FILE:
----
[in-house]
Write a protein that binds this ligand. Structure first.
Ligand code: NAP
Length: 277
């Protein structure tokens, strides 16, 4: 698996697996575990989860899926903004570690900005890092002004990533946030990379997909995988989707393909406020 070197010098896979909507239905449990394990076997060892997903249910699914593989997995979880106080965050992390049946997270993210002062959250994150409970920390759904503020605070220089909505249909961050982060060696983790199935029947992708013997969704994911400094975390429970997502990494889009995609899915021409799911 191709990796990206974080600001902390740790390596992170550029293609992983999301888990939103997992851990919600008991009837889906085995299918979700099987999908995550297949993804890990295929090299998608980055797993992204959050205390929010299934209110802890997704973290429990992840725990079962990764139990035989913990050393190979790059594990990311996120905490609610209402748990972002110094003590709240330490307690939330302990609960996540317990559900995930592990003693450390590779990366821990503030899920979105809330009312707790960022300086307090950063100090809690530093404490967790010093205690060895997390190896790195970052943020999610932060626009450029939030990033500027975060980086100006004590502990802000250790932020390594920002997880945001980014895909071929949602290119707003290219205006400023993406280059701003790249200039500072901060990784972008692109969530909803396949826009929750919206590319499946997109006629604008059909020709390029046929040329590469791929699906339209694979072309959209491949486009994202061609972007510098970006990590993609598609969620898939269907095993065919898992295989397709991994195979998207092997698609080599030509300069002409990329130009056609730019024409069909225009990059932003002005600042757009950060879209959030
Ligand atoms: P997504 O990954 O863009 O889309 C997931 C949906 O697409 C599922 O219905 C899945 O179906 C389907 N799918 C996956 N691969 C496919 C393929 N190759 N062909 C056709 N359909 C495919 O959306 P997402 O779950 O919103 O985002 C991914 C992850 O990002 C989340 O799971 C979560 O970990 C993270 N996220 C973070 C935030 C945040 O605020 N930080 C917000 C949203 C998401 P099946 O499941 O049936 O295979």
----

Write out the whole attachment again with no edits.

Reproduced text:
[in-house]
Write a protein that binds this ligand. Structure first.
Ligand code: NAP
Length: 277
């Protein structure tokens, strides 16, 4: 698996697996575990989860899926903004570690900005890092002004990533946030990379997909995988989707393909406020 070197010098896979909507239905449990394990076997060892997903249910699914593989997995979880106080965050992390049946997270993210002062959250994150409970920390759904503020605070220089909505249909961050982060060696983790199935029947992708013997969704994911400094975390429970997502990494889009995609899915021409799911 191709990796990206974080600001902390740790390596992170550029293609992983999301888990939103997992851990919600008991009837889906085995299918979700099987999908995550297949993804890990295929090299998608980055797993992204959050205390929010299934209110802890997704973290429990992840725990079962990764139990035989913990050393190979790059594990990311996120905490609610209402748990972002110094003590709240330490307690939330302990609960996540317990559900995930592990003693450390590779990366821990503030899920979105809330009312707790960022300086307090950063100090809690530093404490967790010093205690060895997390190896790195970052943020999610932060626009450029939030990033500027975060980086100006004590502990802000250790932020390594920002997880945001980014895909071929949602290119707003290219205006400023993406280059701003790249200039500072901060990784972008692109969530909803396949826009929750919206590319499946997109006629604008059909020709390029046929040329590469791929699906339209694979072309959209491949486009994202061609972007510098970006990590993609598609969620898939269907095993065919898992295989397709991994195979998207092997698609080599030509300069002409990329130009056609730019024409069909225009990059932003002005600042757009950060879209959030
Ligand atoms: P997504 O990954 O863009 O889309 C997931 C949906 O697409 C599922 O219905 C899945 O179906 C389907 N799918 C996956 N691969 C496919 C393929 N190759 N062909 C056709 N359909 C495919 O959306 P997402 O779950 O919103 O985002 C991914 C992850 O990002 C989340 O799971 C979560 O970990 C993270 N996220 C973070 C935030 C945040 O605020 N930080 C917000 C949203 C998401 P099946 O499941 O049936 O295979």